German, France leaders reacts to Biden’s win

The leaders of Germany and France have congratulated Biden on his projected victory. Both leaders have had tumultuous relationships with Trump, who has taken an adversarial approach to NATO, while pulling the US out of the Paris Climate Accord and the Iranian nuclear deal.

German Chancellor Angela Merkel tweeted: “I look forward to future cooperation with President Biden,” she said in a statement posted on Twitter. “Our transatlantic friendship is irreplaceable if we are to master the great challenges of our time.”

Tweeted French President Emmanuel Macron: “The Americans have chosen their President. Congratulations @JoeBiden and @KamalaHarris! We have a lot to do to overcome today’s challenges. Let’s work together!”


Barrack Obama Speaks

Obama has tweeted his congratulations to Biden, noting that the election results show the country is “deeply and bitterly divided”.

Obama urged all citizens to give Biden a chance, adding: “It will be up to not just Joe and Kamala, but each of us, to do our part – to reach beyond our comfort zone, to listen to others, to lower the temperature and find some common ground from which to move forward”.


Bernie Sanders, Alexandria tweets CONGRATULATIONS

Influential progressive Senator Bernie Sanders, who was the last Democrat to drop out the presidential primary, has tweeted his congratulations to Biden and Harris.

Sanders endorsed Biden, and advocated for his progressive base to embrace the more centrist candidate.

Alexandria Ocasio-Cortez, an influential progessive in the House of Representatives, also tweeted her congratulations:


Omar, Pelosi Warren sends message to Biden

House Speaker Nancy Pelosi has said Biden’s victory over Trump is a “mandate for action”.

The Democratic leader said in a statement Saturday: “Today marks the dawning of a new day of hope for America”.

Meanwhile, progressive primary challenger Elizabeth Warren tweeted: “Americans chose Joe and Kamala to lead us forward with purpose and moral clarity.”

Progressive Congresswoman Ilhan Omar, who represents Minnesota, tweeted: “We have not only voted out the most corrupt, dangerous president in modern history but have the opportunity to carry out the most progressive agenda our country has ever seen. Let’s get to work!”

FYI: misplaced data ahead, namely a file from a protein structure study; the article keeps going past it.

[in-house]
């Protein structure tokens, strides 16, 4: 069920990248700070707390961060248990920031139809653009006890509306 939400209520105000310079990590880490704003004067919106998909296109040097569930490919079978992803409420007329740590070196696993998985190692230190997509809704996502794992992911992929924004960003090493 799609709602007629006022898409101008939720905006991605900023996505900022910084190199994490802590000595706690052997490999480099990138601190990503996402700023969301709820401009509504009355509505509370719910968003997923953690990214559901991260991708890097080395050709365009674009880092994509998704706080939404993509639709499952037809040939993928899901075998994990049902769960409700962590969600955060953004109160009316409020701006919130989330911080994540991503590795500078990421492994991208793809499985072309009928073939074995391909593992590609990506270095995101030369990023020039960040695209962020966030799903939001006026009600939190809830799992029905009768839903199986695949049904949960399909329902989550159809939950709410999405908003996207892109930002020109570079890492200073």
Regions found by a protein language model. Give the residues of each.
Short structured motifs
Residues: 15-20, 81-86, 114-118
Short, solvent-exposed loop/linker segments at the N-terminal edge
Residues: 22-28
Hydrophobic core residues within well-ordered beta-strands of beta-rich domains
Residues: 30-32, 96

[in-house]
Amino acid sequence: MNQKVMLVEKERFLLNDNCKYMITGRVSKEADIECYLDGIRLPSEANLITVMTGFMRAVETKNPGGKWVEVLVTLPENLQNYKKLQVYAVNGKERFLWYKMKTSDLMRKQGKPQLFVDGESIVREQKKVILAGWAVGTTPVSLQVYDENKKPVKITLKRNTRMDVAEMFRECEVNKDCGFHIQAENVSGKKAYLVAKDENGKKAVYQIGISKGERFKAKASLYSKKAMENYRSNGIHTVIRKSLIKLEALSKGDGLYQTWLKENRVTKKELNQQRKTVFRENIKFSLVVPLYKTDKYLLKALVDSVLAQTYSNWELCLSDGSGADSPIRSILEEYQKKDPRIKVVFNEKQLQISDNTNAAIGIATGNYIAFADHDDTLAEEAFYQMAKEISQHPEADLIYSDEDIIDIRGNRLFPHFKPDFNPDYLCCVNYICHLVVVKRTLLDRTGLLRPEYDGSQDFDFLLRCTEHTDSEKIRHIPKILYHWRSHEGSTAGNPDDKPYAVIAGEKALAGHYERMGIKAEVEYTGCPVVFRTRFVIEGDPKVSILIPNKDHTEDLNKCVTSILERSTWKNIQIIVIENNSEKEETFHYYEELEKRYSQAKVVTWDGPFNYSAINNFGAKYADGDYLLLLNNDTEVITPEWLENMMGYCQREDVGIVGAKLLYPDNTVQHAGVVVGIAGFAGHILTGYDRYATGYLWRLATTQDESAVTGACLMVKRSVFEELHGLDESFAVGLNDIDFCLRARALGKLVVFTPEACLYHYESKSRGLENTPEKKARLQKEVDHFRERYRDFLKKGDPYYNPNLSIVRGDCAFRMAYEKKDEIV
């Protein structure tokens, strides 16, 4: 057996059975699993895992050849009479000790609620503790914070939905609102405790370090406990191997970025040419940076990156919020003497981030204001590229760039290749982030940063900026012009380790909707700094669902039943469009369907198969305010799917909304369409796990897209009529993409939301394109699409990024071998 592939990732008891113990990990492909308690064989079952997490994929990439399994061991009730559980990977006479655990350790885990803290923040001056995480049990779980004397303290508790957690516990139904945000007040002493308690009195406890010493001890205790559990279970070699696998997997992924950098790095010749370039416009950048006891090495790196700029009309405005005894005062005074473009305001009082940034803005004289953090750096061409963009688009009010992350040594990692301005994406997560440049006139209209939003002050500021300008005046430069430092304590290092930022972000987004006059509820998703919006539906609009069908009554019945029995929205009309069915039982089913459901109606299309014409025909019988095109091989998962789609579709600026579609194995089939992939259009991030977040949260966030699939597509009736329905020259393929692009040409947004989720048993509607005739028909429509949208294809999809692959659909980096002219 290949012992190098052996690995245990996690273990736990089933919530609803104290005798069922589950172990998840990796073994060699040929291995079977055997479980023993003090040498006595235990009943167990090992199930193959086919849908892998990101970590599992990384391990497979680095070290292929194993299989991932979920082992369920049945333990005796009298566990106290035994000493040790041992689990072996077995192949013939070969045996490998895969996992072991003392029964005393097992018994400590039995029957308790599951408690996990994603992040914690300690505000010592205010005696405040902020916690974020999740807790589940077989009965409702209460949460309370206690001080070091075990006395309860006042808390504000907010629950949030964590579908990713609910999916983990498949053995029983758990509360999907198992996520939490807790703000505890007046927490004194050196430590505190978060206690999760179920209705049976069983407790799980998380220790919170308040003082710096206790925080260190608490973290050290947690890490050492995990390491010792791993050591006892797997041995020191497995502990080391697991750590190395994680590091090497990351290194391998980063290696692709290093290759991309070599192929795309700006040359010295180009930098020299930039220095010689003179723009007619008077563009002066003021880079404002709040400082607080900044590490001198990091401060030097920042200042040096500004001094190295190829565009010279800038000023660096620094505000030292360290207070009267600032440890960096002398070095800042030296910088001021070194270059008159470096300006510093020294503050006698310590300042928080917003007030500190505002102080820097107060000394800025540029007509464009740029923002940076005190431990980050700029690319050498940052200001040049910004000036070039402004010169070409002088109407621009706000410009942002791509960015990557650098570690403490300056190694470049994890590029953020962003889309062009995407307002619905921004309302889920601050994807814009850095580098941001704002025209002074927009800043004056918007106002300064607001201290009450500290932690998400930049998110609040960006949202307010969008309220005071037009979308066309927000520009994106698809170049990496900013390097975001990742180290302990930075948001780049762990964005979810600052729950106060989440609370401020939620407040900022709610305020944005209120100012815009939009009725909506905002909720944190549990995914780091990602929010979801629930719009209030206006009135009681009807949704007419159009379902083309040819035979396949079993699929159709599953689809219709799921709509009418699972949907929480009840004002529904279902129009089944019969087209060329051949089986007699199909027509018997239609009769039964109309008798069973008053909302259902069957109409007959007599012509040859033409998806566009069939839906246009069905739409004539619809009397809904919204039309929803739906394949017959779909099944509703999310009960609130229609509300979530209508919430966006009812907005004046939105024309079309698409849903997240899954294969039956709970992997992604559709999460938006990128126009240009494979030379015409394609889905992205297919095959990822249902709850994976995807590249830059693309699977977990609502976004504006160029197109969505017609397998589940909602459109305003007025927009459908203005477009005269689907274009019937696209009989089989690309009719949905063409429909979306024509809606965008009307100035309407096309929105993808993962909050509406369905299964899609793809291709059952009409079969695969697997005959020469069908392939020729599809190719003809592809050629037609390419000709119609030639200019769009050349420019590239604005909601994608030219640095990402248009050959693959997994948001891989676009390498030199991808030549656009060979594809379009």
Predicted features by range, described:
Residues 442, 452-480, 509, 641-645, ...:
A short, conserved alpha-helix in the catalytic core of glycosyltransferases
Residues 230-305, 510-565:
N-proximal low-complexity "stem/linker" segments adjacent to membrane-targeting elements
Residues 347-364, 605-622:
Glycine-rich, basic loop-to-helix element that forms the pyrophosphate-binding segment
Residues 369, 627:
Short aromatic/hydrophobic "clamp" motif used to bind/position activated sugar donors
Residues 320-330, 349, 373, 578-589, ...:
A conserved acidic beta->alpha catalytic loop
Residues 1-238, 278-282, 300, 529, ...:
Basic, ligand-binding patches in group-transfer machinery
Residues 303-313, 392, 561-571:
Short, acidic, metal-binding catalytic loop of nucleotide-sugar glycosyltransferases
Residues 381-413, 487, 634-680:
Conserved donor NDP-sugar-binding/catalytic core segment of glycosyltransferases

Donald Trump’s Campaign reacts to Joe Biden’s win

A Trump supporter who attended Giuliani news conference reacted to the news of Biden’s projected victory to Noble Reporters Media

“It’s not done yet. Investigations are going to have to take place. There’s too many examples of tampering with the ballots, that kind of stuff,” Daren Sutter said. “In Philly especially. And Trump knew all this, Trump knew this was going to happen.”



Black Panther: Harris, Obama, Others pay tribute to Chadwick Boseman


Tributes pour in for the Black Panther actor, who portrayed Black icons throughout his career and died on Friday.

Former President Barack Obama has paid tribute to actor Chadwick Boseman, who portrayed Black American icons Jackie Robinson and James Brown before launching to a new level of fame as the lead in the Black Panther superhero franchise, one of the few films in the Marvel universe to feature a predominantly Black cast.

Boseman died on Friday at the age of 43 after a four-year battle with colon cancer.

“Chadwick came to the White House to work with kids when he was playing Jackie Robinson. You could tell right away that he was blessed,” Obama wrote on Twitter, referring to the first Black American professional baseball player who Boseman portrayed in the film “42”.

“To be young, gifted, and Black; to use that power to give them heroes to look up to; to do it all while in pain – what a use of his years,” he wrote.


The president’s words were among a litany of memorials posted on social media from elected officials, actors, musicians on Saturday.

“A consummate professional, he absorbed every story, every memory and every photo and film excerpt he could consume to help translate the soul of an American hero,” said a statement from the Jackie Robinson Foundation.

“And now, Chadwick will be etched in history as a hero in his own right, especially have shown millions of Black and brown children the power of a superhero who looks like them. Chadwick – may you rest in peace eternally. Take your place among the greats. You earned it,” the statement.